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ABC News/Washington Post Libby Indictment Two-Nighter Poll, October 2005 (ICPSR 4523)
This special topic poll, conducted October 28-29, 2005, is part of a continuing series of monthly surveys that solicit public opinion on the presidency and on a range of other political and social issues. The focus of this poll was to ascertain the feelings and opinions of respondents surveyed about the federal grand jury's indictment of Lewis "Scooter" Libby, chief of staff for Vice President Dick Cheney. Libby was indicted on charges of obstruction of justice and perjury in connection with the case in which the identity of an undercover Central Intelligence Agency (CIA) agent was disclosed to news reporters. Respondents were asked if the charges against Libby represented a serious crime, or just a minor/technical one, and whether the prosecution's case was based on facts or political motivations. Given what respondents had read and heard concerning the involvement of President George W. Bush, Karl Rove (advisor to the president) and Vice President Cheney, they were queried on whether any of these men did anything wrong in connection with the case and whether their actions were considered illegal or unethical, but not illegal. Respondents were also asked if they approved of the way in which President Bush was handling his presidency and of the general ethical issues in government. Demographic variables include political party affiliation, age, gender, and the percentage of respondents that were Black, Hispanic, and Asian.
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ABC News/The Washington Post. ABC NEWS/WASHINGTON POST LIBBY INDICTMENT TWO-NIGHTER POLL, OCTOBER 2005. ICPSR04523-v1. Horsham, PA: Taylor Nelson Sofres Intersearch [producer], 2005. Ann Arbor, MI: Inter-university Consortium for Political and Social Research [distributor], 2006-09-28. http://doi.org/10.3886/ICPSR04523.v1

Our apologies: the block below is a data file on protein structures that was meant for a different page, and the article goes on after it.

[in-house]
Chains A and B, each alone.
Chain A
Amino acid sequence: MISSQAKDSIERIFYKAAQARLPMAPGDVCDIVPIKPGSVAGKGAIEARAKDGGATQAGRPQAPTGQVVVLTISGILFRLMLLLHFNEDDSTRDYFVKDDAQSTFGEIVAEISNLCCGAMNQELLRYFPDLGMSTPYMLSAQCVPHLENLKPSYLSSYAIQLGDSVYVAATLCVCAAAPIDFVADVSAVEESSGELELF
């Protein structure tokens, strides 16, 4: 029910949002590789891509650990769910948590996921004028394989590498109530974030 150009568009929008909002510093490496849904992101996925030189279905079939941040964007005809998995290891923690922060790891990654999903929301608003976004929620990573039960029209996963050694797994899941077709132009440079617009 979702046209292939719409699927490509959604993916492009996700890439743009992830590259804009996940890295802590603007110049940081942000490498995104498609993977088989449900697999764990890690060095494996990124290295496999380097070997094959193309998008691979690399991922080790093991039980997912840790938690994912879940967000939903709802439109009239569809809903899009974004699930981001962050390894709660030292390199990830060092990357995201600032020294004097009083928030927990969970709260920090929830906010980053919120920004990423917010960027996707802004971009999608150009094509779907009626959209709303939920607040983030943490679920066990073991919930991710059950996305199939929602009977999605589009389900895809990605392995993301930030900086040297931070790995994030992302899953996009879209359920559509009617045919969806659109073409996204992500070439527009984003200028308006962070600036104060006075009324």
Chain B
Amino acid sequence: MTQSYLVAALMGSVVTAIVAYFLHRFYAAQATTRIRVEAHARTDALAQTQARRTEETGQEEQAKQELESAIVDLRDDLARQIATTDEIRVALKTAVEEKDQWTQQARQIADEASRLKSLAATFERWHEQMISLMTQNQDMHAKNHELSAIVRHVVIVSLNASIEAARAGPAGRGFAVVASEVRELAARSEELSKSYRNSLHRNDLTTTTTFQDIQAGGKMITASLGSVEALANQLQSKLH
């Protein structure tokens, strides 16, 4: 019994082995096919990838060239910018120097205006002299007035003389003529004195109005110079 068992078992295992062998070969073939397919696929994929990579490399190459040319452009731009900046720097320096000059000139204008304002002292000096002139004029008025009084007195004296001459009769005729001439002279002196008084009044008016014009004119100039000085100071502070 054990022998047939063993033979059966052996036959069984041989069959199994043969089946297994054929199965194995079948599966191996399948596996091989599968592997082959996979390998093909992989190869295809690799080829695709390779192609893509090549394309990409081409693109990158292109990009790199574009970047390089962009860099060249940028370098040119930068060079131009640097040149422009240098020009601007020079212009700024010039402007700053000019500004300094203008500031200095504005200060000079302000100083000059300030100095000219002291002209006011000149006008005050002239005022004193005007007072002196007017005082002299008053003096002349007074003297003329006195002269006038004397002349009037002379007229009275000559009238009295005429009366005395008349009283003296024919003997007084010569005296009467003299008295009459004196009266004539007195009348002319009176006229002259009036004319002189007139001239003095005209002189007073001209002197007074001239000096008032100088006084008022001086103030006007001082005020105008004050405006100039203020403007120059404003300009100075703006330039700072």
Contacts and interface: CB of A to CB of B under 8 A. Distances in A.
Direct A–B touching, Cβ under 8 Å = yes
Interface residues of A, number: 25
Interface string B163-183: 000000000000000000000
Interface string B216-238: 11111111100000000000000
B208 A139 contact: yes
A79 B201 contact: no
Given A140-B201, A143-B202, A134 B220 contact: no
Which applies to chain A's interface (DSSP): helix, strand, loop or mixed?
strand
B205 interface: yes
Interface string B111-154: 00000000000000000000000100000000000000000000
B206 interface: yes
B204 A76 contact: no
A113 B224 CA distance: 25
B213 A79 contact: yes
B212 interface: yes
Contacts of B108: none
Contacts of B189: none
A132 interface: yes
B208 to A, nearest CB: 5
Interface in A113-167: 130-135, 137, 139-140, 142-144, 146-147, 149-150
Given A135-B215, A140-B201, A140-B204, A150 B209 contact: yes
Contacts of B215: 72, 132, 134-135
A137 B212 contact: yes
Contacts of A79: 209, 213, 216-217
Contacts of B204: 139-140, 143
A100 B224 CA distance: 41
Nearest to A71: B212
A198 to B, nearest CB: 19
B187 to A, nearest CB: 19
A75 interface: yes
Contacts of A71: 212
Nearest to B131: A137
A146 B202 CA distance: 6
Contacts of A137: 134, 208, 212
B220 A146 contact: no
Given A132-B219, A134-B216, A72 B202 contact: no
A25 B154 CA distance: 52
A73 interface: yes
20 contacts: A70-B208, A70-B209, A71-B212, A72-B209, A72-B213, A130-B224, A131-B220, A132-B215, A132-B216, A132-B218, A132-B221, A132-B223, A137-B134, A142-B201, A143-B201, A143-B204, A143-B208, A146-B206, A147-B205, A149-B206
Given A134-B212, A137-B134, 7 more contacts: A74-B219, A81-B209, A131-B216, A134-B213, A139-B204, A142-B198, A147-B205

Persistent URL: http://doi.org/10.3886/ICPSR04523.v1
Scope of Study
Geographic Coverage: United States
(1) The data available for download are not weighted and users will need to weight the data prior to analysis. The data available via online data analysis have been weighted. (2) Additional information about sampling, interviewing, and sampling error may be found in the codebook. (3) Original reports using these data may be found via the ABC News Polling Unit Web site and via the Washington Post Opinion Surveys and Polls Web site.
Sample: Households were selected by random-digit dialing. Within households, the respondent selected was the adult living in the household who last had a birthday and who was home at the time of the interview.
Weight: The data contain a weight variable (WEIGHT) that should be used in analyzing the data. The data were weighted using demographic information from the Census to adjust for sampling and nonsampling deviations from population values. Respondents customarily were classified into one of 48 cells based on age, race, sex and education. Weights were assigned so the proportion in each of these 48 cells matched the actual population proportion according to the Census Bureau's most recent Current Population Survey.
Original ICPSR Release: 2006-09-28
Instructional guides that utilize this dataset are available:
Ethics and Politics: A Data-Driven Learning Guide - Inter-university Consortium for Political and Social Research
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